But he insists he is not fussed about success – because he sees his songs as a form of therapy for himself.
His years of hard work were rewarded this year when singles The A-Team and You Need Me, I Don't Need You both made the top five, while his album, simply entitled +, went straight to the top of the charts.
Yet the 20-year-old, who plays the O2 ABC in Glasgow tomorrow, is a modest sort.
"I don't really write songs to have success with them," he says.
"I write songs to have therapy and to get stuff off my chest. If the songs end up a success then great, but I never really write thinking, 'Oh, this could be a Top 10 hit' or 'This one will go down well at festivals'. I just write because I need to."
He started to write while in his teens, releasing his first independent EP in 2005, and then going on to release two albums before moving to London.
His relentless gigging earned him support slots with Just Jack and Example.
But Ed, from Halifax, Yorkshire, admits the long journey took its toll on him.
"I lost faith in April last year and decided to go to America for a bit," he says.
"While there I became enthusiastic again and when I came back I got into the full swing of things again."
That new-found inspiration came partly from an unlikely source, in the shape of American actor and singer Jamie Foxx. The star of films such as Collateral and Ray heard Ed sing at an open mic night and invited him to stay at his house and record material for the rest of his stay.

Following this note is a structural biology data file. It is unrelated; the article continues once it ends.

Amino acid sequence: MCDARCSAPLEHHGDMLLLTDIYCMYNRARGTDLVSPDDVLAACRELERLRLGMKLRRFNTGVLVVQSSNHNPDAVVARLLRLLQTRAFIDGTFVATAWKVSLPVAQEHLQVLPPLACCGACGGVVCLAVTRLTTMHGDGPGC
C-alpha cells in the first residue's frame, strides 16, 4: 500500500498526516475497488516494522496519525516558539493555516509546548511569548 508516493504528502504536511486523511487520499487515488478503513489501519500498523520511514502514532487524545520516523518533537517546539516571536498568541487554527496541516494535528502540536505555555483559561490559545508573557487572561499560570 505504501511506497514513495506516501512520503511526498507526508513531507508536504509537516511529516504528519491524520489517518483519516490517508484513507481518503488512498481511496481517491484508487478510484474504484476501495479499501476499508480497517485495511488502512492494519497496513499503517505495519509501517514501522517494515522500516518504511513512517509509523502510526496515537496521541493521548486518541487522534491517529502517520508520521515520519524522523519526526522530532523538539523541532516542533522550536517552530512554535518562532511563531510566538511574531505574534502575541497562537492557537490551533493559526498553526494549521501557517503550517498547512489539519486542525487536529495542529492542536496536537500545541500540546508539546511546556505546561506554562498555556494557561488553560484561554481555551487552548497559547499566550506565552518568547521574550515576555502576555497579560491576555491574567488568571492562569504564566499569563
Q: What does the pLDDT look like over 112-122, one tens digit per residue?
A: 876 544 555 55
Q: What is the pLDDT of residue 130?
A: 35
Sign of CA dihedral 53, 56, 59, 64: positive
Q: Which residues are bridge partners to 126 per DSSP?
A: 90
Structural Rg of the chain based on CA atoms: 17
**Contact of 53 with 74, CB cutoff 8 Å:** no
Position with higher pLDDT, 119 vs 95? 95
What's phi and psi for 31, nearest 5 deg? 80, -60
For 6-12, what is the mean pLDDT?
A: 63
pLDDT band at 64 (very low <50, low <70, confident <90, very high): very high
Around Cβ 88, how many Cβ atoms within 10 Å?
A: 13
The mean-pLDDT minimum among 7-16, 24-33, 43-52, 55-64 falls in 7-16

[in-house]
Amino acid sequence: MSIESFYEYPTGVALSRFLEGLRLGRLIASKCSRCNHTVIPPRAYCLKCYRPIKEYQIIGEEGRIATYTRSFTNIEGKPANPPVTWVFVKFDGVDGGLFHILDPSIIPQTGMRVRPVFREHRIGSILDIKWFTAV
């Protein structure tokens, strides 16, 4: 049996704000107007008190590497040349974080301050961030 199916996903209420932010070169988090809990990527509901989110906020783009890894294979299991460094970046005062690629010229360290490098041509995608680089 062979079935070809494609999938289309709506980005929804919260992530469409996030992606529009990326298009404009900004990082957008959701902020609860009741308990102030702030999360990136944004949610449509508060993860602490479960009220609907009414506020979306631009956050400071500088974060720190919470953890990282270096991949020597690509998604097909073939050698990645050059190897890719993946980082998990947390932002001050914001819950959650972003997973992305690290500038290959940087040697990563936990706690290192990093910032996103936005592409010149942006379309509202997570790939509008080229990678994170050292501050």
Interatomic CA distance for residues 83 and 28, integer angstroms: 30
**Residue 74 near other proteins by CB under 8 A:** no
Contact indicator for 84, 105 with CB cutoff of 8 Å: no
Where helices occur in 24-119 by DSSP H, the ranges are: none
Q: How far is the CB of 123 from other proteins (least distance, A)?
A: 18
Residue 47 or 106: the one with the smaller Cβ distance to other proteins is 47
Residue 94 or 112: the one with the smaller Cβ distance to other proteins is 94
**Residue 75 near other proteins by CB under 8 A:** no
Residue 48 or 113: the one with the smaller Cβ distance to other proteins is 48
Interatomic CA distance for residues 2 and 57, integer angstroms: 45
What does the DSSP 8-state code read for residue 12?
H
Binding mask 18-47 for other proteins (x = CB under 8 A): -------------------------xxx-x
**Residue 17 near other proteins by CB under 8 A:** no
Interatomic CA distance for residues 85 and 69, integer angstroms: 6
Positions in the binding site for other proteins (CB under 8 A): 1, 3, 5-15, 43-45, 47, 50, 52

"I never expected that," says Ed. "While I was there, there were so many other crazy things happening it felt normal. Then, when I got home, that's when it hit me. I thought, 'Wow, that was pretty cool'."
Now, he is ready for his biggest UK tour to date.
"It's going to be an interesting step up on this tour," he says.
"I have played these sort of venues only as a support act, to Just Jack and Example, so I am looking forward to headlining them myself.
"I am not using a band and am going to keep doing it solo, so it will have its own intimacy."
He might, however, be joined for a duet by his support act on the tour, Edinburgh singer Nina Nesbitt. It is a link-up that came about in unusual circumstances.
The singer explains: "I did a gig a radio gig above a pub in Edinburgh the other week, and this girl came with her mum.
"Her mum said, 'Let her sing', and I told her I needed to get on with my songs.
"But the host took a while to turn up, so I gave Nina a guitar and let her play some songs. She was really good, so she will be opening the ABC show."
Ed's parents are surely delighted at their son's success – especially as they had to spend years listening to him practise.
"When I first picked up a guitar, I just played it every hour of the day. then I was singing every hour of the day," he says.
"One way to get out of irritating people all the time by singing and playing all the time was to make it my job, and then that could be my excuse.
"I did irritate people when I was younger. I used to keep my parents up late at night with my singing!"
l Tomorrow's concert at the O2 ABC, Sauchiehall Street, is sold out.